At 4:30 in the morning, on April 12, 1861--one hundred and fifty years ago today--Confederate artillery commenced its bombardment of Fort Sumter at Charleston, South Carolina. Thirty-three hours later, the Union garrison at the fort surrendered. The next day, April 15, 1861--four years to the day before he died from an assassin's bullet--President Abraham Lincoln issued a call for 75,000 troops to put down the insurrection. Thus was ushered in our great Civil War, perhaps the most profound event in American history.
In 1861, Indiana was in its forty-fifth year as a state. Its population was 1,350,428, fifth among the states. Initially, Indiana planned on filling the ranks of six regiments, about 4,600 men in all. Lew Wallace, a veteran of the Mexican war, was to serve as adjutant general and was charged with raising the needed number. So many men answered the call that some had to be turned away. By the end of the war, though, 197,141 Hoosiers had served in the Union cause, second among the states. Another 100,000 filled the ranks of the state militia. Over 25,000 of these men lost their lives. Not counted among that number is the nation's commander-in-chief, who--though he was born in Kentucky and elected from Illinois--spent his formative years in what is now Spencer County, Indiana.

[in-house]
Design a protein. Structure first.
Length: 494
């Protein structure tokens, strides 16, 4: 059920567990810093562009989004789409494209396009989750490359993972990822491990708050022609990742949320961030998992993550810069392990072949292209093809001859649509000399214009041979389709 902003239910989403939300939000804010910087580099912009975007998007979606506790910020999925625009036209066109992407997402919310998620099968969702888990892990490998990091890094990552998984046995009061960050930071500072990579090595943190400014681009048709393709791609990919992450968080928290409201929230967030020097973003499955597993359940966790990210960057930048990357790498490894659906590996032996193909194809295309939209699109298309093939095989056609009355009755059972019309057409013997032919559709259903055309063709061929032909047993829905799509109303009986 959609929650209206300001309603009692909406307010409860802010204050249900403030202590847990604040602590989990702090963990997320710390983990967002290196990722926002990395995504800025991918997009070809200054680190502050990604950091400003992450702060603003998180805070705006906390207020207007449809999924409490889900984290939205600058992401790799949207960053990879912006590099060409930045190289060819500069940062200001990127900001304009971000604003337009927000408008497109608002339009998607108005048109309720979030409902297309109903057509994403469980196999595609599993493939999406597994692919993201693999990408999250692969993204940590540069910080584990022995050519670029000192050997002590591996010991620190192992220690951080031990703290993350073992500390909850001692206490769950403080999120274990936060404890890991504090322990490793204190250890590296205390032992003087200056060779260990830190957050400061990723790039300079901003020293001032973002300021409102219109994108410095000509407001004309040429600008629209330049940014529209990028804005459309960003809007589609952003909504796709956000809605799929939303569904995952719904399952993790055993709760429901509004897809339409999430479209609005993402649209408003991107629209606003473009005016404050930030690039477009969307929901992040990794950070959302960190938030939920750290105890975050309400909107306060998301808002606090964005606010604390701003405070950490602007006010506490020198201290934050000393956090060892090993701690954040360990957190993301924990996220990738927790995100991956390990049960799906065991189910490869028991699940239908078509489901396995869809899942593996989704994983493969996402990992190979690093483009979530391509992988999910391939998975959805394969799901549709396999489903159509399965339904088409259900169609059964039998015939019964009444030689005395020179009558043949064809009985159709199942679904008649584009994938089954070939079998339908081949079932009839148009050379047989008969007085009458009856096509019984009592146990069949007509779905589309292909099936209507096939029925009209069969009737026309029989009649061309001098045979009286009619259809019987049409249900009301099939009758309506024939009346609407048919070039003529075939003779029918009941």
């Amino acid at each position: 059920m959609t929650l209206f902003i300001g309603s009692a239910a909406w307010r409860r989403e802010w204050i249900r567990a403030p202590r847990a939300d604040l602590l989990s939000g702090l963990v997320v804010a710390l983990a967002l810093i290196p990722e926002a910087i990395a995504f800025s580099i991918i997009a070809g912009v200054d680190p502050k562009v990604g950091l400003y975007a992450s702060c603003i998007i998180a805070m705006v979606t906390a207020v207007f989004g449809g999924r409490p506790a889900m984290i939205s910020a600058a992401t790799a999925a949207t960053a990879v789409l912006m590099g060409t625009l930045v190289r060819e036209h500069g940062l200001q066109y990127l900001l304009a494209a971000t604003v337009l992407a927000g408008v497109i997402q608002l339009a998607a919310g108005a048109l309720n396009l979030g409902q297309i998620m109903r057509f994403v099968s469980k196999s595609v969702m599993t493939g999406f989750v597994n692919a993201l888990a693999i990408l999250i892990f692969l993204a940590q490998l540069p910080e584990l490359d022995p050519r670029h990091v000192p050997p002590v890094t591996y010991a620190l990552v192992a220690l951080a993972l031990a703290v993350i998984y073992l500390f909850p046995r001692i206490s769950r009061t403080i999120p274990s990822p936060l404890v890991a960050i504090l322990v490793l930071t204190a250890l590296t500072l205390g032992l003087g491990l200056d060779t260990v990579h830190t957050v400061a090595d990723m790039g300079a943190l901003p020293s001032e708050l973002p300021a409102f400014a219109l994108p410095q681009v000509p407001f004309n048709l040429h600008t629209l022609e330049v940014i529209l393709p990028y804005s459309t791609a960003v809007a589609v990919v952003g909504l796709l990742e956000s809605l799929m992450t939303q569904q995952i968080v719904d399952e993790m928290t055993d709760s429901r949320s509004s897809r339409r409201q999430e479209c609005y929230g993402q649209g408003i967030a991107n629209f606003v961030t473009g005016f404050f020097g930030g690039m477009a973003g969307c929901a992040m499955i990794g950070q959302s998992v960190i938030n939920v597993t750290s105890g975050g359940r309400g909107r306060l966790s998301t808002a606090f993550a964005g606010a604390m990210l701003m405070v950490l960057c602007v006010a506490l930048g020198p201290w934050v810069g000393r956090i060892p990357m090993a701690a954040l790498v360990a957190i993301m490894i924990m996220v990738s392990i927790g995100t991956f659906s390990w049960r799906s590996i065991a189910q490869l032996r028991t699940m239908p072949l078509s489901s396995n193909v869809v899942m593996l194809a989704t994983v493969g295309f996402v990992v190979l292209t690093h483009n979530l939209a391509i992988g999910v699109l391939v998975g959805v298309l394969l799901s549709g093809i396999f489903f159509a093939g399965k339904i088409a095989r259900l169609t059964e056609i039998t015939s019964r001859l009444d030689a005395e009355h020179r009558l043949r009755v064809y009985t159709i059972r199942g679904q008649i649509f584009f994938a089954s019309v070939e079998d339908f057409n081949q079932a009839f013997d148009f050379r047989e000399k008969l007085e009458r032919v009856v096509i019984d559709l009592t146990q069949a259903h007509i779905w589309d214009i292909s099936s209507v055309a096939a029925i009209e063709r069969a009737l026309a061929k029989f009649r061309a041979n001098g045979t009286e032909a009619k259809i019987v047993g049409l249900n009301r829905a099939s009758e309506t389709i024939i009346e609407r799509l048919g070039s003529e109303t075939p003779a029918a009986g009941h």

The men who went to war came from all walks of life, art included. Some drew and painted scenes in their own diaries, letters, and sketchbooks. Others created works for publication. Lew Wallace (1827-1905) of Brookville and Crawfordsville was--in addition to being a lawyer, military officer, governor of New Mexico, minister to the Ottoman Empire, and author of the best-selling American novel of the nineteenth century--an artist and illustrator. James Farrington Gookins (1840-1904) of Terre Haute and Indianapolis, who served with Wallace for a time, drew sketches for woodcuts published in Harper's. And Adolph G. Metzner (1834-1918) of Indianapolis kept a sketchbook of the things he witnessed during his war years. (I have written about him in a previous entry, and his work is subject of a newly published book.) Countless artists who came after them have depicted scenes of the Civil War. In any case, we commemorate the men and women who served and died during those four years that rent a nation and the century and a half since that have mended it.
|Another image from Harper's. The caption reads: "At Romney, Va., June 11th, 1861,--The Eleventh Indiana Zouaves, Colonel Lewis Wallace, crossing, on the double quick, the bridge over the Potomac." The artist is unknown.|
There are of course other illustrations by Indiana artists on the topic of the Civil War. Unfortunately, many of them are protected from usage on the Internet. If anyone has pictures to offer, please send them to me at:
Text and captions copyright 2011 by Terence E. Hanley